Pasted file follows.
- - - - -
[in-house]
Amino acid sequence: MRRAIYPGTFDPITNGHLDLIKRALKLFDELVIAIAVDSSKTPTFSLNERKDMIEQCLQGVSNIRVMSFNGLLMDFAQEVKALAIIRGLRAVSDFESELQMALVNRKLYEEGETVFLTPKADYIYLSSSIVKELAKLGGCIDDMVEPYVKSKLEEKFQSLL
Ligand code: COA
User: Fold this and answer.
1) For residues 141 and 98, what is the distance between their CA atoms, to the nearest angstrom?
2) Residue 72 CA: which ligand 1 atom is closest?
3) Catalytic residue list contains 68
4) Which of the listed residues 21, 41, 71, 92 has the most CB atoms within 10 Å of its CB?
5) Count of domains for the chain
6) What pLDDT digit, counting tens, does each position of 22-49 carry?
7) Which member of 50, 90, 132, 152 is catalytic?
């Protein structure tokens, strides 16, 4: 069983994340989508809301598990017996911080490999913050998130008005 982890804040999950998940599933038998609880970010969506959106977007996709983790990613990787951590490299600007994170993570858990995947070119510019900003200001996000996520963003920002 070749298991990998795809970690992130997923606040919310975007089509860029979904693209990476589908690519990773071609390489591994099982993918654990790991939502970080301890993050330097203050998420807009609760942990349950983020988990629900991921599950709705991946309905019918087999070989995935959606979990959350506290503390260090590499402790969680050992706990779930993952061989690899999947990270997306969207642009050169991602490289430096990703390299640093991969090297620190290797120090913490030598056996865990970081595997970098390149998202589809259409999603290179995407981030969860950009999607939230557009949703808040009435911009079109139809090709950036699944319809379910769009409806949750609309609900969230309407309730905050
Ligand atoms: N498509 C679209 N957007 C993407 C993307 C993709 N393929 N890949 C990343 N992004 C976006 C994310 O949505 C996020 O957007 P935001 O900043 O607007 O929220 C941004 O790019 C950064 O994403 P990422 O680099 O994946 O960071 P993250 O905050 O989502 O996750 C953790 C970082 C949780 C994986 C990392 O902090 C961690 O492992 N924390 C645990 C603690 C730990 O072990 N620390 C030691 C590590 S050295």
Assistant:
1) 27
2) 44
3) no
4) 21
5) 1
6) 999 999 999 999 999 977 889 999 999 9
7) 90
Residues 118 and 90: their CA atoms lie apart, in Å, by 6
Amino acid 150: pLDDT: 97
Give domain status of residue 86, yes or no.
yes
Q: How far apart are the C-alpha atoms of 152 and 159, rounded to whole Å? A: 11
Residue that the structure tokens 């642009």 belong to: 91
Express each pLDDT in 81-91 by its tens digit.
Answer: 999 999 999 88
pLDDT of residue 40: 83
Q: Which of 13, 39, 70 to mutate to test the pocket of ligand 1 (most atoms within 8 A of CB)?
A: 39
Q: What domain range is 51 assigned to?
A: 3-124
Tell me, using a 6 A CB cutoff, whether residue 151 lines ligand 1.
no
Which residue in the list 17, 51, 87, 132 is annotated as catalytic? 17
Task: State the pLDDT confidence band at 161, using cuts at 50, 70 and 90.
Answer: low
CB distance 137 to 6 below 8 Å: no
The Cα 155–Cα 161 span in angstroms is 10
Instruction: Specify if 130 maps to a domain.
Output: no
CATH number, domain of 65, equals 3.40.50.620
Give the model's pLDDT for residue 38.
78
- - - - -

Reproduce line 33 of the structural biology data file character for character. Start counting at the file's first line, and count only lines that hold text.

Q: What domain range is 51 assigned to?